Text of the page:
They asked District Court Judge Michael R. Barrett to issue a temporary restraining order and preliminary injunction to stop the district from requiring in-person registration and enforcing a policy section that says the presiding officer may “interrupt, warn or terminate a participant’s statement when the statement is too lengthy, personally directed, abusive, off-topic, antagonistic, obscene or irrelevant.”
The school district responded that it is well within its rights to place restrictions on public comments at meetings to maintain order and ensure efficient, productive school board meetings.
The brief claimed the district’s policy “imposes the exact same regulations” as seven other nearby school districts, including Hamilton City Schools. Hamilton’s school policy states people only need to submit a written request if they need the board to take action.
Barrett agreed the district has the right to impose restrictions and even silence people.
“The policy is not based on the subject matter of the speech, but has everything to do with conducting orderly, productive meetings,” Barrett wrote.
He also said the in-person registration rule isn’t too restrictive, because the “test is not convenience” and as long as the regulation is content-neutral, it is allowable.
“Here, even if a citizen is not able to personally deliver the Public Participation Form, any community member has the ability to individually contact the board of the district’s superintendent,” he wrote. “Therefore, the court concludes that the policy’s in-person registration requirement is narrowly tailored to promote the substantial interests of the board and leaves open ample alternatives”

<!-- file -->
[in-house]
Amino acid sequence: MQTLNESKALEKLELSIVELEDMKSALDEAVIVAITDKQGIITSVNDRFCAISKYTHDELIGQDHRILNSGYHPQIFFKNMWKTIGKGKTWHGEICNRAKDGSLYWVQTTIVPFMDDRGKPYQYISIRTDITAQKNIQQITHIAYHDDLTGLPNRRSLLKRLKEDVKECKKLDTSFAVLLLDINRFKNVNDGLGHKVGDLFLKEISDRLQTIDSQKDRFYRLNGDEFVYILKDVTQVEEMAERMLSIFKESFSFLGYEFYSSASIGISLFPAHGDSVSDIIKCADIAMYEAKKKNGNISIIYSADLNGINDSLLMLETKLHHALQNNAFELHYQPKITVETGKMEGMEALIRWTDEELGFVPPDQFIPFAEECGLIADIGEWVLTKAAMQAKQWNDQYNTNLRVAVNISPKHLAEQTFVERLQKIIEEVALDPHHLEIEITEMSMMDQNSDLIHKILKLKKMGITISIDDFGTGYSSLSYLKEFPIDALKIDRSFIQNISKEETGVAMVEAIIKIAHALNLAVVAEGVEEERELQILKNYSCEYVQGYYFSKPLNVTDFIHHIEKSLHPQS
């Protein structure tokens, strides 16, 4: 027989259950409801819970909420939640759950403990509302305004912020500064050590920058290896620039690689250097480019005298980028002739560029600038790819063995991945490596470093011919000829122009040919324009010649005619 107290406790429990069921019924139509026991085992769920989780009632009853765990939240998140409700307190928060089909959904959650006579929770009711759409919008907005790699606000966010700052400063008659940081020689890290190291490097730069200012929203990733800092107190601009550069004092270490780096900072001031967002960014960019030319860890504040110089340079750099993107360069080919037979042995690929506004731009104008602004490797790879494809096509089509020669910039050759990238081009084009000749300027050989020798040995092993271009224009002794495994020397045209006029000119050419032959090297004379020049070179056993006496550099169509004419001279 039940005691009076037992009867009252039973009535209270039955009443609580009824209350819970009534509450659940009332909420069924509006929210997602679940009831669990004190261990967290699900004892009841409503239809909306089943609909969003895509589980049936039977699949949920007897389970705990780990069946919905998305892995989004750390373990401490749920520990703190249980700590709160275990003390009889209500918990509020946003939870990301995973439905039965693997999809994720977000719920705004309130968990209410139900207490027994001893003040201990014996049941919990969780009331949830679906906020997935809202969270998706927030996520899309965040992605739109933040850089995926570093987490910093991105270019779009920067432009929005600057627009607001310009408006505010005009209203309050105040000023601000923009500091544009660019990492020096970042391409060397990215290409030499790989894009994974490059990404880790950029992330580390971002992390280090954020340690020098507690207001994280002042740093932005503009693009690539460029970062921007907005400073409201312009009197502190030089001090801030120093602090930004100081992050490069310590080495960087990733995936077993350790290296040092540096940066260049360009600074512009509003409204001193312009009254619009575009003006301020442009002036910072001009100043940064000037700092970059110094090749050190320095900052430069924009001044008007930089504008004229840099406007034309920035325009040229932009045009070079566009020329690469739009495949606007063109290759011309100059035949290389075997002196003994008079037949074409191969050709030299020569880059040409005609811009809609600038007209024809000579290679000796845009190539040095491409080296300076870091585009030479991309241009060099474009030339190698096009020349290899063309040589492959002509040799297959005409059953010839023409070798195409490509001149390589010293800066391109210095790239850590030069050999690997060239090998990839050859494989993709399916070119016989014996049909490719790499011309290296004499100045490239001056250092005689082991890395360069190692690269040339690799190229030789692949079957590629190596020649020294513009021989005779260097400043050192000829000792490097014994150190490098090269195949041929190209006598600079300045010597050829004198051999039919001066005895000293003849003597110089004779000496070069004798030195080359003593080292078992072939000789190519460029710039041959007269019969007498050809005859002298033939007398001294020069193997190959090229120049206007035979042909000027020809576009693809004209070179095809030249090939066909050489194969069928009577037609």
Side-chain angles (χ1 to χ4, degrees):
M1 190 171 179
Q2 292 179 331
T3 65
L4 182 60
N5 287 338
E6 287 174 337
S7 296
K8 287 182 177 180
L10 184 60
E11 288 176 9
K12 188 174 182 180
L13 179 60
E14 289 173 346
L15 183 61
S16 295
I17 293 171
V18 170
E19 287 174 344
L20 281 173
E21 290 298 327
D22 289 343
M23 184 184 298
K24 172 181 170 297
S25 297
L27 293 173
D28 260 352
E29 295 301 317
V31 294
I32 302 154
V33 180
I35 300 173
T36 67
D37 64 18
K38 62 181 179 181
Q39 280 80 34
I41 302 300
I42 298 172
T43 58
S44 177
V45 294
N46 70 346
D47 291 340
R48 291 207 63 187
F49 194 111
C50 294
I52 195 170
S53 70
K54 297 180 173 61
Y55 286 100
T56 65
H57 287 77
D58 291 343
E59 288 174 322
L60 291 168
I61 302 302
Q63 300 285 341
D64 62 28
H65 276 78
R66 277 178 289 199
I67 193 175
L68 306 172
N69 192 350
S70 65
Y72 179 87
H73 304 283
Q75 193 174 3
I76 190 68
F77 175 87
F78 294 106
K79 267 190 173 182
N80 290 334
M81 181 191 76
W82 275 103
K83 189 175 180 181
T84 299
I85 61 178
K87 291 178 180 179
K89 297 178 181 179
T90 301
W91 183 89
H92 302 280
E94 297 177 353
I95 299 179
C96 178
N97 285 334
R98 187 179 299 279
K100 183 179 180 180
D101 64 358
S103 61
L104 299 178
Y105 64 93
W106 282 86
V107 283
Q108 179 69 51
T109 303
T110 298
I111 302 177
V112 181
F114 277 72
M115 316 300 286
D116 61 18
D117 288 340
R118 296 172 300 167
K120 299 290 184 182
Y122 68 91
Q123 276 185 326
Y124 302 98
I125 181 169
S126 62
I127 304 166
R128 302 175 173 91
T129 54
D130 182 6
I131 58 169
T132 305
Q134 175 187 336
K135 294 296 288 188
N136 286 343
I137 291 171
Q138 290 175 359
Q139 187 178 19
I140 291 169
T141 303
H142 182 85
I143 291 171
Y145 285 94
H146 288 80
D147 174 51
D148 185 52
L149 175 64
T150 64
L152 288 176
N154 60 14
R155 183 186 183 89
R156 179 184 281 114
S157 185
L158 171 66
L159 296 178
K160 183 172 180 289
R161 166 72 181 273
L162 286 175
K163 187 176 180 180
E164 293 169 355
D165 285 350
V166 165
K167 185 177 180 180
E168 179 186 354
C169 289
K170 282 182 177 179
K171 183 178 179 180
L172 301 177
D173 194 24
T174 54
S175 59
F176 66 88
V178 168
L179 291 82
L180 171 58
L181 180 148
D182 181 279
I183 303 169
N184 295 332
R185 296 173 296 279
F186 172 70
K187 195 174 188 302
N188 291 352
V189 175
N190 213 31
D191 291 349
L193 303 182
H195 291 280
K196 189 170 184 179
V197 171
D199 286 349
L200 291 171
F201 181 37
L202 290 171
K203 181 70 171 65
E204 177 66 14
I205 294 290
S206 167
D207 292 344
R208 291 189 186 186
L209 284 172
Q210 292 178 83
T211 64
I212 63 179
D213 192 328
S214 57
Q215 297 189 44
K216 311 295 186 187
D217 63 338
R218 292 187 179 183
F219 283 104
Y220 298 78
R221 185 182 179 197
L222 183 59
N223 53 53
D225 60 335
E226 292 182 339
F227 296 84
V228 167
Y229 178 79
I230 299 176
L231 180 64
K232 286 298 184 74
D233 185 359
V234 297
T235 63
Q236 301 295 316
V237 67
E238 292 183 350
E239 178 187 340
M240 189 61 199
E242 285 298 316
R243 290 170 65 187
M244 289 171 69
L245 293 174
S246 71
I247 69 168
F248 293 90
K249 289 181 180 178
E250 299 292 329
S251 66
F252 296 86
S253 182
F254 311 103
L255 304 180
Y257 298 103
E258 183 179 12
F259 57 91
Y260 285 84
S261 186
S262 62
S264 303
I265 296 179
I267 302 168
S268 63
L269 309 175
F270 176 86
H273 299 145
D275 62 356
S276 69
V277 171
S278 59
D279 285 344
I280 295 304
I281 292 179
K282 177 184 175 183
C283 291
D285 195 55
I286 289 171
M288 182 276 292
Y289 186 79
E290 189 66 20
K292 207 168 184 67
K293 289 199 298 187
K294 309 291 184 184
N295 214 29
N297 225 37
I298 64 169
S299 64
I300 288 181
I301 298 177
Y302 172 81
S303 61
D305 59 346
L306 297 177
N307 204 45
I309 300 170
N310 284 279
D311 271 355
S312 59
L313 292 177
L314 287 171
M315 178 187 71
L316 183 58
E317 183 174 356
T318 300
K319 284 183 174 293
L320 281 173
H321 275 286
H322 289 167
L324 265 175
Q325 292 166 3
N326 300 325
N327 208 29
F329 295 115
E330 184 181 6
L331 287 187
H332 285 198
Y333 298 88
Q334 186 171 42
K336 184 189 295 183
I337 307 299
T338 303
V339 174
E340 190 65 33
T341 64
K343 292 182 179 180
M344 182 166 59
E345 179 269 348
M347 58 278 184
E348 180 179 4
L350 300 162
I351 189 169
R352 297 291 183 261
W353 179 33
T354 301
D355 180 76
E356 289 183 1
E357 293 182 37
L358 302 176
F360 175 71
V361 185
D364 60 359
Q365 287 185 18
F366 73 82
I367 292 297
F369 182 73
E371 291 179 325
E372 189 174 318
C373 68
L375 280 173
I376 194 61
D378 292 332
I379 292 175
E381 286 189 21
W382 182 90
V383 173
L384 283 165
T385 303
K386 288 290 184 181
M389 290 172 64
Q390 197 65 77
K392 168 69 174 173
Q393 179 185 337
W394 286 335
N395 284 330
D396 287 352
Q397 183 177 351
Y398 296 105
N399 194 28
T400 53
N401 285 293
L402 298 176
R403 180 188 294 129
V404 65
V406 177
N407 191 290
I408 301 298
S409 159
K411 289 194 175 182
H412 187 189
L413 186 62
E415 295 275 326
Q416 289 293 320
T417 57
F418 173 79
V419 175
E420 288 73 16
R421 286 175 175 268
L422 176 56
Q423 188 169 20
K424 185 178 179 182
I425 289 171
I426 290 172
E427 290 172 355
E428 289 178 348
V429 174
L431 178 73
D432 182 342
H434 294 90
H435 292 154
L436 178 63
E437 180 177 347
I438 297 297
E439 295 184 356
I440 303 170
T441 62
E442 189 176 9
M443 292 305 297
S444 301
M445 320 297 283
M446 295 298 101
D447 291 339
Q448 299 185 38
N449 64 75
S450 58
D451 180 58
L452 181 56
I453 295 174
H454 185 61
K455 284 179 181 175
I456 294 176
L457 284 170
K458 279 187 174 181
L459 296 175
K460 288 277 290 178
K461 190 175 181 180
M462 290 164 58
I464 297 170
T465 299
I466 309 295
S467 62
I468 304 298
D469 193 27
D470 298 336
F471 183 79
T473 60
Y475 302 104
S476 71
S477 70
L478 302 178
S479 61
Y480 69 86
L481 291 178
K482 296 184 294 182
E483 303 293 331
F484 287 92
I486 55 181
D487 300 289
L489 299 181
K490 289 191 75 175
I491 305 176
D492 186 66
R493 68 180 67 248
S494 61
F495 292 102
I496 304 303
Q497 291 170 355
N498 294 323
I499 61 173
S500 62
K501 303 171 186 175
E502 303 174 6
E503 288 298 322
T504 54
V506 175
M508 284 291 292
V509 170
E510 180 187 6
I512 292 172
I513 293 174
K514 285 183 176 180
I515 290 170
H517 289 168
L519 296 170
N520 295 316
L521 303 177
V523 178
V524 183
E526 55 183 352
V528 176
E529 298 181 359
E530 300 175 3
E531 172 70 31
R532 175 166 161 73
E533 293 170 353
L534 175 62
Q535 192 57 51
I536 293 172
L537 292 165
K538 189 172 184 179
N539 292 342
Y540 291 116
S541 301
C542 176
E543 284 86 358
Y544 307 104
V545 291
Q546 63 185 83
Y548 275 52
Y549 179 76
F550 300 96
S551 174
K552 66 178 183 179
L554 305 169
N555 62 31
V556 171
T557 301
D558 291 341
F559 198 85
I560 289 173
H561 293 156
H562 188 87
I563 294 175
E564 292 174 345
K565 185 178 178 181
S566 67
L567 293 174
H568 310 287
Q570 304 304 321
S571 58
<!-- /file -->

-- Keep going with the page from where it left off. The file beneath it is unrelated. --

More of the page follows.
He noted the Isons have had ample opportunities to be heard themselves.
“The record shows that plaintiffs have spoken out against the Board’s decision to authorize staff to carry a concealed weapon more than thirty-five times at various meetings, including an open forum on July 13, 2018,” Barrett wrote. “Any community member has the ability to individually contact the Board or the district’s superintendent. The court finds based on this evidence the policy allows ample alternative channels of communication.”
He wrote that the Isons are “not likely to succeed on the merits” of any of their claims that they will suffer irreparable injury, there will be substantial harm to others or that it is in the public interest to grant the injunction.
The judge has not yet officially closed the case. The attorneys on both sides would not talk about what happens next, but one of the district’s attorneys sent this comment.
“The Madison Board of Education is pleased by the Court’s order denying the request for a temporary restraining order and preliminary injunction,” wrote Alex Ewing, counsel for the district. “The Court’s order reflects the fact that the plaintiffs are not likely to succeed on the merits of their claims. The Board has acted lawfully at all times, and believes it will ultimately prevail.”
The Common Pleas Court challenge came in response to the gun policy that was passed a year ago after a 2016 shooting at Madison Jr./Sr. High School, where a student injured four of his classmates.
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A group of parents sued the district last September, seeking an injunction blocking the district from arming teachers and other staff without the training required of law enforcement officials — 728 hours versus the 26 hours the school has in its policy — and a court order requiring disclosure of policies and procedures for arming staff.
Pater ruled in February school personnel do not need to be trained as peace officers. The parents appealed to the 12th District Court of Appeals in March.
“Friend of the court” briefs have recently been filed by Experts in School Safety and Firearms Training and one by Professor Peter M. Shane for the parents. Ohio Attorney General Dave Yost and the Buckeye Firearms Foundation supporting the school district. An oral argument in front of the three appeals court judges has been requested.